That used to be an easy question to answer. And for most people, it is. But, we’re not most people anymore. Travelling for work like I do, “Where are you from?” is usually the ice-breaker topic on every rig I go to. I can ask that to anyone I want to, and as long as I’m on my toes, I can have some snappy follow up questions that keep us talking about them, instead of me. The problem is, I’m not a very snappy follow up question kind of guy. It wouldn’t be right to say I’m not interested. But whether they’re from Arkansas or Siberia, it doesn’t mean much to how we’re getting the hole drilled. (That’s the old me talking. And I know it’s not “socially proper”… but… for the most part, I’d rather know how long they’ve been drilling, instead of how tall their tree stand is.)
If I knew more about tree stands, I’d never have to talk about me.
(I haven’t graphed this out, but I’d be willing to bet I could accurately estimate where someone was from by how they hunt)
But, I didn’t want to get introspective about my inner drive (or lack thereof) to fine tune my desire (or lack thereof) to be a social butterfly. At work, I used to be able to give a quick little “Raleigh” response. Which was usually met with one or two responses; the most common is “You mean you’re NOT from Canada?” And that’s an ok response, because now we all get to chuckle around a bit and talk about the company (which means NOT talking about me). The other response is “Oh! I’ve been to/I have family that lives in ____.”; another ok response, because now we’re back to talking about THEM, and not ME.
But, when their side of the conversation dries up… or when I’m not at work and talking to people I bump into here and there… THAT’S where I start to have problems. Because when they’re all done telling me about their tree stands, they ask “so, where are you from?” (Sometimes preceded by: “You do any hunting?”)
So what do I say (at work, or not)? Because, instead of saying “Raleigh”, I should just be able to say “We’re full-timing.” The problem is, the number of people that know already what that means is miniscule. There are a lot of RV’ers that don’t know what that means. (trust me, we’ve met a bunch). There are some that do, and that’s because they are full-timing too (or want to). But, that’s not the conversations we’re having problems with. Those conversations are quite pleasant.
Stranger: “I see you guys have Texas plates… is that where you’re from?”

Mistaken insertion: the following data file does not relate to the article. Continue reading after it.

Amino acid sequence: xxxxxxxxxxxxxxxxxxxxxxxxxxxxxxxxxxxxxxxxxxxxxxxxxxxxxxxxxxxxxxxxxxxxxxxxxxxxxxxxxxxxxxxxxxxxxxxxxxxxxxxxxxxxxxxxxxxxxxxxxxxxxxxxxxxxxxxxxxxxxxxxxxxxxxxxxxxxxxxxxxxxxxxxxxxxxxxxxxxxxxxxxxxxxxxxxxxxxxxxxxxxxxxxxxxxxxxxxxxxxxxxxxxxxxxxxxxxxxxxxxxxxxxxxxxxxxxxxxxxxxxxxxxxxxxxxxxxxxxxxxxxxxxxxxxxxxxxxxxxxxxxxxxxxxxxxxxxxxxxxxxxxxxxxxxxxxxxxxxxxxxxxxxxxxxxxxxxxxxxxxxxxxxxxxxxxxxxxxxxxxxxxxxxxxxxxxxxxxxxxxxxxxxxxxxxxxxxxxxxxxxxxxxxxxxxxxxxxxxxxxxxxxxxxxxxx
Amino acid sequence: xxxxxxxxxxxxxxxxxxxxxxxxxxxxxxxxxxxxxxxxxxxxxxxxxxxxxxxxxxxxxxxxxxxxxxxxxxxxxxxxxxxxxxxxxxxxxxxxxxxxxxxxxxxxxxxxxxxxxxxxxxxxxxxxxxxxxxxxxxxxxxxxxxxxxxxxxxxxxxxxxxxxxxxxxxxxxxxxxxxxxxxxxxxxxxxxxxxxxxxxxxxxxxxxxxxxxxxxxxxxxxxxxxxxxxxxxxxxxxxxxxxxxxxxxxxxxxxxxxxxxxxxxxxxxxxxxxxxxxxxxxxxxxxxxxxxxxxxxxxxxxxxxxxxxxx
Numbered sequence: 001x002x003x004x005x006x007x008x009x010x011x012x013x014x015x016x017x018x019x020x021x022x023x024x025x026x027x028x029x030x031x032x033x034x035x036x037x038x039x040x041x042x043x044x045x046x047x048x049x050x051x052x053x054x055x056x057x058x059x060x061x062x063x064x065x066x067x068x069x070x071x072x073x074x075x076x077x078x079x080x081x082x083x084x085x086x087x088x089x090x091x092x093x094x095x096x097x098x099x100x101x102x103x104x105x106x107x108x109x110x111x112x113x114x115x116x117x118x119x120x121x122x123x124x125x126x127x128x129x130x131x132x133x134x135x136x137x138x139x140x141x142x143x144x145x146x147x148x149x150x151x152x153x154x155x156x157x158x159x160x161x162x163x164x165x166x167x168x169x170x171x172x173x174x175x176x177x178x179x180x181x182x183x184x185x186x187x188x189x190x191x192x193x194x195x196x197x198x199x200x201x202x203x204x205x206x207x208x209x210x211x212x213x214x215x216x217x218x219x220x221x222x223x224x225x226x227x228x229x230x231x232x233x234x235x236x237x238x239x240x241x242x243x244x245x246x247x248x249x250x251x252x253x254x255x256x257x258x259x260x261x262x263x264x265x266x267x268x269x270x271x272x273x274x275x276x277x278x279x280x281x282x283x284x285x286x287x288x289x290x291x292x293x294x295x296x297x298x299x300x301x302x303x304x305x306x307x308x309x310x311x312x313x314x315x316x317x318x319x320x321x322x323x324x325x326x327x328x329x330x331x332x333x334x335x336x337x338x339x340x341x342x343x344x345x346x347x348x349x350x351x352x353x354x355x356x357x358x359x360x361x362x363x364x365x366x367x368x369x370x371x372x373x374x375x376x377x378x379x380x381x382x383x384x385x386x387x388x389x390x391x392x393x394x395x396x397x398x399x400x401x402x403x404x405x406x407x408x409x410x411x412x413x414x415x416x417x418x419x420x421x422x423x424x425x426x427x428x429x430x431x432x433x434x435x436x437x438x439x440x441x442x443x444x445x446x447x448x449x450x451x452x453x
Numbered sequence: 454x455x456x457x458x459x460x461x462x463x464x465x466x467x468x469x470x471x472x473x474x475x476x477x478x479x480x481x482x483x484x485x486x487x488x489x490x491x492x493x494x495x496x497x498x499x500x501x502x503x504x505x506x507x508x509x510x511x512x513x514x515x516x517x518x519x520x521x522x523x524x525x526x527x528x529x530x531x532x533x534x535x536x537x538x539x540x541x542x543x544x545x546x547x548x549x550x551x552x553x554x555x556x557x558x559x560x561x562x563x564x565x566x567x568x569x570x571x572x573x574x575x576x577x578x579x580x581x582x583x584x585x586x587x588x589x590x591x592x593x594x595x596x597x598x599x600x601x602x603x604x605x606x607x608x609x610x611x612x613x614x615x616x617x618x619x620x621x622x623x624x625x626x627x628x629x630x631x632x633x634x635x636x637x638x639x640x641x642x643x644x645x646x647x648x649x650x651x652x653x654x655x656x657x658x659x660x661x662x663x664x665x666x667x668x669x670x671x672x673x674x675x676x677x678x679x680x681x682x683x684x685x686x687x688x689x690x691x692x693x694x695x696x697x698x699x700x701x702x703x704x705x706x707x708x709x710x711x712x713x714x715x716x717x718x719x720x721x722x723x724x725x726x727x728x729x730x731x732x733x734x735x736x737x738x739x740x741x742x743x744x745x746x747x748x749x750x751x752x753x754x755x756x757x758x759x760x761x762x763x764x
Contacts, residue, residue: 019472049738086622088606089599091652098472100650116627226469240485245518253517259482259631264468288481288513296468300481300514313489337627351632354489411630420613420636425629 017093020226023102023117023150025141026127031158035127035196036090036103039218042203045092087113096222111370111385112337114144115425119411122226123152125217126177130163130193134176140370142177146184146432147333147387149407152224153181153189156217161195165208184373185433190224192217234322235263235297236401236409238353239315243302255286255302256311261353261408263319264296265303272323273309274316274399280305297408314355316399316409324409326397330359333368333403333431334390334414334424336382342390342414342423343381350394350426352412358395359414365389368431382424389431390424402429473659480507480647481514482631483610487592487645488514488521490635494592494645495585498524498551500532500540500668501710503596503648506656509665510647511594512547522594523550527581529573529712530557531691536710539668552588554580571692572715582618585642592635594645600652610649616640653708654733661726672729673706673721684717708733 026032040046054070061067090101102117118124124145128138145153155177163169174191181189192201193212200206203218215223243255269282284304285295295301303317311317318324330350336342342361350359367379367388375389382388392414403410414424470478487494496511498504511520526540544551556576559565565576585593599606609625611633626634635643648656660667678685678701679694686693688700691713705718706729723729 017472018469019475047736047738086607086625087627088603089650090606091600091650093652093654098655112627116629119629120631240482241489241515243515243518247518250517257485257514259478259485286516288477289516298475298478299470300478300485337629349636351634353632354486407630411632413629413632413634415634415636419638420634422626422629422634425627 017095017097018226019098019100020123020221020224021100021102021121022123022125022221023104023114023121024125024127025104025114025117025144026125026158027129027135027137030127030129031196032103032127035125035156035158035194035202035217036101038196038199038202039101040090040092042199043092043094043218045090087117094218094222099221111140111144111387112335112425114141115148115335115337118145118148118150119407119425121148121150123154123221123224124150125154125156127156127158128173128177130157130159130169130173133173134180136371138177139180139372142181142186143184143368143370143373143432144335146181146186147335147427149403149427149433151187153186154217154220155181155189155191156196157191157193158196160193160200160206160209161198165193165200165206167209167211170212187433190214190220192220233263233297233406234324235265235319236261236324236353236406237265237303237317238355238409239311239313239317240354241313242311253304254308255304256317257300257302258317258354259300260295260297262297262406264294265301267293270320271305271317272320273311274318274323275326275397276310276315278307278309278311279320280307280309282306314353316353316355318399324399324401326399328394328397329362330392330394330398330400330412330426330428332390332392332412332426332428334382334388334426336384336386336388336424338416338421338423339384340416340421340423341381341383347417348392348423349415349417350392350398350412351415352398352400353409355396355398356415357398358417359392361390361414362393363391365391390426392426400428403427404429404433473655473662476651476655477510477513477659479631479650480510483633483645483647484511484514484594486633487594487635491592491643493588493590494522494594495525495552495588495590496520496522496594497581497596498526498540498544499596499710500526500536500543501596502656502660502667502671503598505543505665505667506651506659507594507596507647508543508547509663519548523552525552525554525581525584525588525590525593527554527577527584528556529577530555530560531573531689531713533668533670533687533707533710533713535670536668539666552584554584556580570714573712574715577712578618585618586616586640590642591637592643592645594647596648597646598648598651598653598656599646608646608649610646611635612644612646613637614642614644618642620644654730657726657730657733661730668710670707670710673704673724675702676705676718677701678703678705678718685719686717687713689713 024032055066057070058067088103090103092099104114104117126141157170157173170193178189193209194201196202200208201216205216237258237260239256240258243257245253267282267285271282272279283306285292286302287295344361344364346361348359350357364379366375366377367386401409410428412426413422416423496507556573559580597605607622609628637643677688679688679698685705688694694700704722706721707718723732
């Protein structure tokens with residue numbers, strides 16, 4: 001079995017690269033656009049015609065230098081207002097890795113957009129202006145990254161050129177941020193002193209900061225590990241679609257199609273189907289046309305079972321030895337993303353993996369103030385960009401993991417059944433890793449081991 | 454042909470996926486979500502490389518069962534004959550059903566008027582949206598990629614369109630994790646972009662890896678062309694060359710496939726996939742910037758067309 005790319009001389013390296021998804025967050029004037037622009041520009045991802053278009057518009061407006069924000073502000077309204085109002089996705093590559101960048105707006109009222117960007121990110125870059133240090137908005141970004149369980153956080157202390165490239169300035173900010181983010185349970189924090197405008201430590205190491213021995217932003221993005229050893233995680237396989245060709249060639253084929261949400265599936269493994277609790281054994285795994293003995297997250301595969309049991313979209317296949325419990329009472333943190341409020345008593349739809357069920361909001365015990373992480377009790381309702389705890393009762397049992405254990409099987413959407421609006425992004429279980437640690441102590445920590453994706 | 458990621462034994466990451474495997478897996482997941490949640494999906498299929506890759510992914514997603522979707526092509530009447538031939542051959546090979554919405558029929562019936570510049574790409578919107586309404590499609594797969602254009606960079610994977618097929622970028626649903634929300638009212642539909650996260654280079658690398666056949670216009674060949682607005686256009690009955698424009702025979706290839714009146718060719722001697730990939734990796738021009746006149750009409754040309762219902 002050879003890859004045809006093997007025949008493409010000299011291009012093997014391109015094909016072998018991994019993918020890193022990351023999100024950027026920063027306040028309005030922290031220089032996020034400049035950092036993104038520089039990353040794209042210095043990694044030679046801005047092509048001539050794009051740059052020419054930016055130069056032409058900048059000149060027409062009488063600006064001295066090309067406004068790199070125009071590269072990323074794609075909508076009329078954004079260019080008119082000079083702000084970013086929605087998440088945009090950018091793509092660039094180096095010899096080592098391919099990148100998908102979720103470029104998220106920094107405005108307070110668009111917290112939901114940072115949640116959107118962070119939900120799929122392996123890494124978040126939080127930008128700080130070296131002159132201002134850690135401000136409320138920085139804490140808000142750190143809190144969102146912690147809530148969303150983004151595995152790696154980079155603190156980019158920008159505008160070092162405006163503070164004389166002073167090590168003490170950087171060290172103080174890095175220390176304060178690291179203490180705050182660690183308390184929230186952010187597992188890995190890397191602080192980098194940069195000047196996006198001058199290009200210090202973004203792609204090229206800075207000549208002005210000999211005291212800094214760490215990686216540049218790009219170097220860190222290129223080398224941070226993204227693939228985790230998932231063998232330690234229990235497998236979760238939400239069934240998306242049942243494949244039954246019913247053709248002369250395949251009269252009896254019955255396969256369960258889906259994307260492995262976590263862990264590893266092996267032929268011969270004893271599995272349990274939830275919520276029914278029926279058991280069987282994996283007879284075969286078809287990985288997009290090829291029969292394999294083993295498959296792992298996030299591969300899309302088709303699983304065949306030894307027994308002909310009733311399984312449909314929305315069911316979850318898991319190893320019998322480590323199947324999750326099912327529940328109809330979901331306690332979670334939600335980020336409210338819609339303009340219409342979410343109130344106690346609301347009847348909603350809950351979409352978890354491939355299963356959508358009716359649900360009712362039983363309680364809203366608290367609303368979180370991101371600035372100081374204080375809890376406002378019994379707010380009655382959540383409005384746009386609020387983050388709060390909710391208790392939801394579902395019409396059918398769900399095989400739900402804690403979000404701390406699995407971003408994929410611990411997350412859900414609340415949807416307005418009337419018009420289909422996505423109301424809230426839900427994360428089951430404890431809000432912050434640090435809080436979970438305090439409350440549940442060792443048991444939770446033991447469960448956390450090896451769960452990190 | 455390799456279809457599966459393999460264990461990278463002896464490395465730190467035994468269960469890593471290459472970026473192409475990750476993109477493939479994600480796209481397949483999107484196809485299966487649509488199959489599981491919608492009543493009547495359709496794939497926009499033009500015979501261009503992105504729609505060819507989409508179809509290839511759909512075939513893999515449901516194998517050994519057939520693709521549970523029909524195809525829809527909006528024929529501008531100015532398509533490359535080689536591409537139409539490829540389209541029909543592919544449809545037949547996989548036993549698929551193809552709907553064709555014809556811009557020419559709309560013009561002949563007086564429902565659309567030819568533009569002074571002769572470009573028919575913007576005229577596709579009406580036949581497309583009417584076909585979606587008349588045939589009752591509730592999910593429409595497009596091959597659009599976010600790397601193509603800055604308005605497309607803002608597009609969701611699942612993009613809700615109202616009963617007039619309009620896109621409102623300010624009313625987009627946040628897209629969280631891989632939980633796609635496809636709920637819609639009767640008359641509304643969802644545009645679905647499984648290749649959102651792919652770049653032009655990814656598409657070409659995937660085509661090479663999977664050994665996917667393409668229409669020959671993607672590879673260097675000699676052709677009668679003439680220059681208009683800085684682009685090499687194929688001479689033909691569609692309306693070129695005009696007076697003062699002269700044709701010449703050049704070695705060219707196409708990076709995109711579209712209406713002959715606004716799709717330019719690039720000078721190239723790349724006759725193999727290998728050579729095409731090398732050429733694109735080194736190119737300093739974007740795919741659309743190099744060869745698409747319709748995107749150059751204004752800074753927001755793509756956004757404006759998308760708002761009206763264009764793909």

Us: “No, we’re full-timing”
Stranger: “Really? Us too! How long have you been here?”
Otherwise, it sounds more like this:
Stranger: “So, where are you from?”
Us: “We’re full timing in our RV.”
Stranger: “Did you say RV?”
Us: “Yea, we bought a 32 foot pull behind, and we’re seeing the country for a while.”
Stranger: “You mean like a trailer?”
Us: “Yea, it’s an RV.”
Stranger: “You LIVE in it??”
Us: “Well, yea, we’re travelling around the country”
(when I’m having this conversation outside of my wife’s presence, I OFTEN get this one):
Stranger: “Your wife’s ok with that?”
Me: “Yea, haha, it was kind of her idea!”
Stranger: “To… LIVE in a trailer?”
Me: “It’s an RV.”
Stranger: “So I guess you guys don’t have kids, huh?”
Us: “We have three. We’re using this as a way to show them first hand some different parts of the country.”
Stranger: “Your kids live in a trailer too? How old are they?”
Us: “Eleven, seven and four”
Stranger: “Wow. They must not go to school then, huh?”
Us: “We homeschool. We’re using travelling as a way to show them things that most kids just see in books”
Stranger: “So, you just drag your trailer around from place to place? Your kids don’t really have a chance to make any friends then, huh?”
Us: “It’s really not as bad as it sounds! The only real obstacle we’ve had so far is laundry.”
Stranger: “Riiiiggghhhhhttttt… I could see how that would be a problem… living in a TRAILER.”
I’ve had that conversation a lot. I think that “strangers” must all go to the same scripting study hall, because it’s almost always the same conversation.
(I just remembered my sister’s response when we told her what we were doing. Ha! You could HEAR her put down everything, and slowly sit in her chair. I’m pretty sure there was a “Do you guys need anything from me?” somewhere in her response. That was her way of saying, “wow, I just realized I’m talking to someone who’s gone insane since the last time we spoke!”)
Once people get a chance to chew on this for a while, they kind of get interested. They see it as unique. And maybe something THEY could pull off. But, you can tell by their voices that they have Chris Farley from SNL in the back of their head red-faced and screaming “They live in a VAN down by the RIVER!!”
So, I’m sure we’re leaving a trail across America that thinks we’re destitute… homeless… vagabonds. Well, ok. We’re kind of vagabonds. But, it’s a choice, and we entered into it willingly, and with our eyes open. We’re contributing to society. I have a job. I pay taxes. We’re not collecting government assistance, and we’re not a drain on the economy. We don’t even HAVE a credit card. We pay our bills. So what if we smell like campfire smoke sometimes? Haha.
It’s just funny that when we say to people “We’re full-timing”… you can usually see in their face that they’ve translated that to: “We’re homeless and wandering”.
We’re not homeless. We very much love our home. We just have a bigger back yard than most people.
(and sometimes we have trouble explaining it!)